4. Under section 9(1) provision is made for certain types of income which are deemed to accrue or arise in India and under section 9(1)(i) all income accruing or arising, whether directly or indirectly, through or from any business connection in India, or through or from any property in India, or through or from any asset or source of income in India, or through or from any money lent at interest and brought into India in cash or in kind or through the transfer of a capital asset situate in India is deemed to accrue or arise in India. Under the charging section income-tax has to be charged in respect of the income which arises or accrues in India or under the deeming provisions of the Act is deemed to accrue or arise in India. On behalf of the revenue, Mr. Kaji urged before us that the interest on the amount payable by the assessee to Messrs. Ansaldo was income accruing or arising through or from an asset held by a non-resident company in India and, in the alternative, he contended, that this interest was income accruing or arising through or from money lent at interest and brought into India in cash or in kind. Though the second alternative is not covered by the question directly arose under section 9(1)(i). If we had been inclined to accept the alternative catenation of Mr. Kaji, we would have amended the question accordingly in order to bring out the real controversy between the parties.

5. Mr. Kaji referred us to the principles of private international law and the relevant passages from Cheshire's Private International Law and Dicey's Conflict of Laws. However, we find that the question is completely covered by the decision of the Supreme Court in Delhi Cloth & General Mills Company's case and hence it is not necessary for us to refer to these principles of private international law or of conflict of laws. The Supreme Court there was concerned with a question of a debt owed to a foreigner and it held that a debt is property. It is a chose-in-action and is heritable and assignable and it is treated as property under the Transfer of Property Act which calls it an 'actionable claim'. Chose-in-action arising out of contract have two aspects : (1) as property, and (2) as involving a contractual obligation for performance. The property aspect is relevant for purposes of assignment, administration, taxation and the like; the contractual aspect for performance. It further held that debt, being intangible, cannot have location except nationally and in order to give it national position rules have to be framed along arbitrary lines. Determination of the legal liabilities which arise out of the facts relating to a debt raises complex questions of private international law. Two distinct lines of thought emerge. One is that applied by the English courts, namely, the led sits : the other is the one favoured by Cheshire in his book on Private International Law, namely, the 'proper law of the contract'. Bose J. delivering the judgment of the Supreme Court, has pointed out that the English approach is to treat the debt as property and determine its 'suits' and then, in general, to apply the law that obtains there at the date when payment is due. But the difficulty of the English view is that they have different sets of rules for ascertaining the 'suits', with the result that the 'suits' shifts from place to place for different purposes, also that it is determined by intention. Thus, the sits can be in one place for purposes of jurisdiction and in others for those of banking, insurance, death duties and probate. The 'situs' also varies in the case of simple contract debts and those of specialty. After examining the several authorities on the point, the Supreme Court observed in paragraph 48 :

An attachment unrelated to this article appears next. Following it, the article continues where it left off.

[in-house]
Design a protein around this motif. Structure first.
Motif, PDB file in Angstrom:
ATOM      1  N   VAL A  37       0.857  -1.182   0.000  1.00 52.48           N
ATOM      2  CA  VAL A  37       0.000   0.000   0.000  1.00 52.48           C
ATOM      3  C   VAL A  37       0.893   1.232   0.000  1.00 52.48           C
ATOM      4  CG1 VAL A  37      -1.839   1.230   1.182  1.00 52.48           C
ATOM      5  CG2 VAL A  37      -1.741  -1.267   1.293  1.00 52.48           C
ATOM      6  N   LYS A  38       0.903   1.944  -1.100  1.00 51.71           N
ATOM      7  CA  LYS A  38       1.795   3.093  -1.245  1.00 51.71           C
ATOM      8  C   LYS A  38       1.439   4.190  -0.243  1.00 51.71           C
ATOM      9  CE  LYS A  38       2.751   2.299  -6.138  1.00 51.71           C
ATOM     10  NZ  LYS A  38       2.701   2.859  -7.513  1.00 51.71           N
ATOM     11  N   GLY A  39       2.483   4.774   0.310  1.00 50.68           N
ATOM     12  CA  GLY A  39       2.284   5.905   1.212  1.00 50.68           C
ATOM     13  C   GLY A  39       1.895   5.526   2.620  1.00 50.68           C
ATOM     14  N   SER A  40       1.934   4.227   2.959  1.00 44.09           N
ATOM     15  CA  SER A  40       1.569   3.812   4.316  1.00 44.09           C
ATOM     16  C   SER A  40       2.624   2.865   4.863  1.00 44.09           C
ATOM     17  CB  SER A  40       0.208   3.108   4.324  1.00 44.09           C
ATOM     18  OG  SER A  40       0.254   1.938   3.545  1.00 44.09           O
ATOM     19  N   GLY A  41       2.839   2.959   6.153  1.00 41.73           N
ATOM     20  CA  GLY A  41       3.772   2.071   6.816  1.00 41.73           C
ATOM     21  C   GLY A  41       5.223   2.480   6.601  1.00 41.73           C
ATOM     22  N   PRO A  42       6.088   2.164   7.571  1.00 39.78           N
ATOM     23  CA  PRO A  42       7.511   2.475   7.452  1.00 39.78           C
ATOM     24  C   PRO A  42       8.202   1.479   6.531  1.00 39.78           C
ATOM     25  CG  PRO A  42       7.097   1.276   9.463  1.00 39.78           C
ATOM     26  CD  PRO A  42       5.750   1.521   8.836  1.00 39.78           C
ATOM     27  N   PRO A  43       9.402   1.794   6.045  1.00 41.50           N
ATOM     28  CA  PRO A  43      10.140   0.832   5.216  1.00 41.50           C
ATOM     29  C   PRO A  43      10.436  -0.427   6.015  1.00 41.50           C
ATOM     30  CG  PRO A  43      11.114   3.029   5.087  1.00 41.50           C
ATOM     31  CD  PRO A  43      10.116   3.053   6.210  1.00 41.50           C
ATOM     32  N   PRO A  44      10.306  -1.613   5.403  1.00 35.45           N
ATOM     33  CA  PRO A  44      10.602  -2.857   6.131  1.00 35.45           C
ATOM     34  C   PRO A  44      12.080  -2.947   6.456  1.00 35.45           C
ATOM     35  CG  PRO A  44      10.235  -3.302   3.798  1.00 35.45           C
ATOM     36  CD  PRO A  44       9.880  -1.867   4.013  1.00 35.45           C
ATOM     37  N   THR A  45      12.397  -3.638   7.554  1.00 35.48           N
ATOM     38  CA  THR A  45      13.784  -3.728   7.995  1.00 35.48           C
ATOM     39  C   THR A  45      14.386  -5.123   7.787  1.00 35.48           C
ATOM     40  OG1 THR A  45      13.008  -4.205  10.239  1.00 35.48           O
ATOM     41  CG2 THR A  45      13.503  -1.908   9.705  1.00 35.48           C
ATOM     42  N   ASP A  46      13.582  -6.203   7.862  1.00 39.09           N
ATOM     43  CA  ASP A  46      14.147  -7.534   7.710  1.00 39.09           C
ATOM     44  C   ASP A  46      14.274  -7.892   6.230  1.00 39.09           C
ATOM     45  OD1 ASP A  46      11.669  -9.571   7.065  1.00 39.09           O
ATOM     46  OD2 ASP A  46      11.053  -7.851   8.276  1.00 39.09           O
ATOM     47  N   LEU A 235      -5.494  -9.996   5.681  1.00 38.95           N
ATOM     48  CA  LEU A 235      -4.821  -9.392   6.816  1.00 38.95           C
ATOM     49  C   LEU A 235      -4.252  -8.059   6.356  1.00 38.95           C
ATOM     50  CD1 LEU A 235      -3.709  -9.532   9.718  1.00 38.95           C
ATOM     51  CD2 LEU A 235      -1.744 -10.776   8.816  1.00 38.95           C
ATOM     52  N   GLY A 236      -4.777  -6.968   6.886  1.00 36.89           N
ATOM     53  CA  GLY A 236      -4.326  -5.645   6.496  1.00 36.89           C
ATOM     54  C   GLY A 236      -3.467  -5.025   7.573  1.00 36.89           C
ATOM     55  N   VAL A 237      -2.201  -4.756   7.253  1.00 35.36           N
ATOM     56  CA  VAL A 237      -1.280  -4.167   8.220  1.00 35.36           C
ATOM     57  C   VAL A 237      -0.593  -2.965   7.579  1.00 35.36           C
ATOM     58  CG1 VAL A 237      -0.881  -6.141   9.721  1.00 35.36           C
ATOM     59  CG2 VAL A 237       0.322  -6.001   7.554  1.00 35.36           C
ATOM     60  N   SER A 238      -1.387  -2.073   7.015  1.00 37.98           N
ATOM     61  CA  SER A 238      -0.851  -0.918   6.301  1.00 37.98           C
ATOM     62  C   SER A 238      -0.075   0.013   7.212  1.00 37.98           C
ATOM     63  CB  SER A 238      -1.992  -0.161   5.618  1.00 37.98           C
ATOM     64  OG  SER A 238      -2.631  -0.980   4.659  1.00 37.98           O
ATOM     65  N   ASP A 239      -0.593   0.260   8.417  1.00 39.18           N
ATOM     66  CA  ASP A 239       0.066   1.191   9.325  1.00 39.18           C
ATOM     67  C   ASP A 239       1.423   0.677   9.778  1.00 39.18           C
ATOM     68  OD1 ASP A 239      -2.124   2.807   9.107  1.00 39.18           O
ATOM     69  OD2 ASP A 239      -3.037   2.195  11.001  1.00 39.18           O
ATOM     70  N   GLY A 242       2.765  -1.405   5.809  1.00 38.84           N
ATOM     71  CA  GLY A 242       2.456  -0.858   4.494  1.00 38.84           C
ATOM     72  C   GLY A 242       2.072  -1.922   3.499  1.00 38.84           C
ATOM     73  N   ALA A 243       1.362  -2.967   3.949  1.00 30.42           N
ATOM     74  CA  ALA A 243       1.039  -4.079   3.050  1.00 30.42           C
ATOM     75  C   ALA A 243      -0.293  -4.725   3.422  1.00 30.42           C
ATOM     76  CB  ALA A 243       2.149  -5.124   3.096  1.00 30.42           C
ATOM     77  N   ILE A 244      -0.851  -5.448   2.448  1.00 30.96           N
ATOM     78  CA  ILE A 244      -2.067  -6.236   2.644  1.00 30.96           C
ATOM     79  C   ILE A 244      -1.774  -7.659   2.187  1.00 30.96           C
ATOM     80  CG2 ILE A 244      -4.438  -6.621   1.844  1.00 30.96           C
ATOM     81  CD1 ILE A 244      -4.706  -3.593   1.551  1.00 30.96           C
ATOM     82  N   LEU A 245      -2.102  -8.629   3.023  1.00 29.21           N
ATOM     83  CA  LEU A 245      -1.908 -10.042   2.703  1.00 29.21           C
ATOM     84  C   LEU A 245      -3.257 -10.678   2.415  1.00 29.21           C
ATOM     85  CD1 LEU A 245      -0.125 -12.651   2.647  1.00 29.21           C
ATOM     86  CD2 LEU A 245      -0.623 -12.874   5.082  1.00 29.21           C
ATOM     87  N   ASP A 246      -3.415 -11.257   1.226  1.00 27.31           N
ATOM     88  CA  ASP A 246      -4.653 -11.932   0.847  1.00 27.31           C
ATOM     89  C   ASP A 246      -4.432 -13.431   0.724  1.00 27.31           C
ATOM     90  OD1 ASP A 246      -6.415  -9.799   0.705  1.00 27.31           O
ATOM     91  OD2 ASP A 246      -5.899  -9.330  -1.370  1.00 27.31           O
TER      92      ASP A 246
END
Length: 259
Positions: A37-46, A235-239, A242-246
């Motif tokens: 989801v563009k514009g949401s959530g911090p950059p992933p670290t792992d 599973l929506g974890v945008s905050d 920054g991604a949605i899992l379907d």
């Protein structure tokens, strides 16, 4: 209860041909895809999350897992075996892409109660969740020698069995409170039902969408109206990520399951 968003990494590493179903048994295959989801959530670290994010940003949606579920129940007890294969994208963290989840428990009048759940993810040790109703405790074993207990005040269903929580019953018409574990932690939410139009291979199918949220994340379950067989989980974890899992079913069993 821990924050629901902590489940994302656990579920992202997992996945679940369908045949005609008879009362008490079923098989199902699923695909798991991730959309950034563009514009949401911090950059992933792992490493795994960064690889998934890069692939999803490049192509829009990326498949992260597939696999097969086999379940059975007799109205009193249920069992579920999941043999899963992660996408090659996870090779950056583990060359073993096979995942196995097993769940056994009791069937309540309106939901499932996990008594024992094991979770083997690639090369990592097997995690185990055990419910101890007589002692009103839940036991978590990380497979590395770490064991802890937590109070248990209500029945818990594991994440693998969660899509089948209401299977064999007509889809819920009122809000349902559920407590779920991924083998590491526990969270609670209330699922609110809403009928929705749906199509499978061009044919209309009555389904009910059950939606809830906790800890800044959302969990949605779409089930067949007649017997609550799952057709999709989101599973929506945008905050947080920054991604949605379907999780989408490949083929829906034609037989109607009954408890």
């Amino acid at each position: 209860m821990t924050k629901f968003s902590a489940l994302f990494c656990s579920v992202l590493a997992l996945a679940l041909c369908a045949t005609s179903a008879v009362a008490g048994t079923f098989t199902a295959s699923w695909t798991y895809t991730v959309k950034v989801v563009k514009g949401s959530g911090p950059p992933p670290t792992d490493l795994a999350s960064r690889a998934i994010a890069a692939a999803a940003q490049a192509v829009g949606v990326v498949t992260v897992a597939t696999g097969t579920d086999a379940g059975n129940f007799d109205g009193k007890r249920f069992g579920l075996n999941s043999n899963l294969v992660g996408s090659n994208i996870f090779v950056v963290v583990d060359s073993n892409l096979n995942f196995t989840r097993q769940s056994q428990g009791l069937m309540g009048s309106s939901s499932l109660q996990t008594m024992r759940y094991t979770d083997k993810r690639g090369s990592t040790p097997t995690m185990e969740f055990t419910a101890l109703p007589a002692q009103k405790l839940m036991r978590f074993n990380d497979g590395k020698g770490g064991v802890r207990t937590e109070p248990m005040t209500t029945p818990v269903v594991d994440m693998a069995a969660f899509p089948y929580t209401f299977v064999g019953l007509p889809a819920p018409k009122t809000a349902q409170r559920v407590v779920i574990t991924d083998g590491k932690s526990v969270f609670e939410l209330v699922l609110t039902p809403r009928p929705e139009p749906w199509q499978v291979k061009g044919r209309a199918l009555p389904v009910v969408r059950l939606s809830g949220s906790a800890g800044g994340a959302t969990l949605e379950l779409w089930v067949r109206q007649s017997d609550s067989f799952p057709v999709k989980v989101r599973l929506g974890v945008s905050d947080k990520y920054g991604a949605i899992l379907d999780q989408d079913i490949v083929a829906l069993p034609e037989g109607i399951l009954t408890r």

'But when all is said and done, we find that in every one of these cases the proper law of the contract was applied, that is to say, the law of the country in which its elements were most densely grouped and with which factually the contract was most closely connected. It is true the judges purported to apply the 'led situs' but in determining the 'situs' the apply rules (and modify them where necessary to suit changing modern conditions) which fact are the very rules which in practice would be used to determine the proper law of the contract.

The English judges say that when the intention is not express, one must be inferred and the rules they have made come to this, that as reasonable men they must be taken to have intended that the proper law of the contract should obtain. The other view is that the intention does not govern even when express and that the proper law must be applied objectively. But either way, the result is the same when there is no express term.

The 'proper law' is in fact applied and for present purposes it does not matter whether that is done fore the reasons given by Cheshire or because the fluid English rules that center round the 'led situs' lead to the same conclusion in this class of case.'

6. Therefore, the correct test, according to the Supreme Court, to be applied is the law of the country in which the elements were most densely grouped and with which factually the contract was most closely connected. That is the test to apply, whether one applies the test of 'led situs' as done by the English judges or whether one applies the proper law of the contract. In view of the terms of the contract which we have set out in this case, it is obvious that so far as the non-resident company, Messrs. Ansaldo of Genoa was concerned, all that the company did was to send a representative when the contract was signed in India. Barring that action, so far as the performance of the contract was concerned, the non-resident company nowhere came near the shores of India or territories of India. It puts the goods on board the ship concerned at a port in Europe. It received all the price in Europe and that too in terms of foreign currency. the plant was not to be erected or put up by the non-resident company but the assessee-company was to set up the plant in India. Even the instalments were to be paid in foreign currency. So far as the unpaid price as concerned, the amount was to be paid by bills of exchange drawn in a foreign country and accepted by the assessee-company in India. Thus, most of the elements of this contract are found to be most densely grouped with the country, namely, Italy, where the non-resident company, Messrs. Ansaldo, is carrying on its business of supplying plant and machinery and hence the debt which the assessee-company owed to the non-resident company was not an asset held by the non-resident company in India. Therefore, the interest which was payable in respect of this debt was not income arising from or through any asset held by the non-resident company in India. Since the non-resident company had no income accruing or arising in India, it cannot be said that there was any liability of the non-resident company to pay income-tax on the amount of interest of the three instalments and, consequently, there cannot be said to be any liability of the assessee-company as the agent of the non-resident company so far as this aspect of income accruing or arising through or from any asset held by the non-resident company in India was concerned.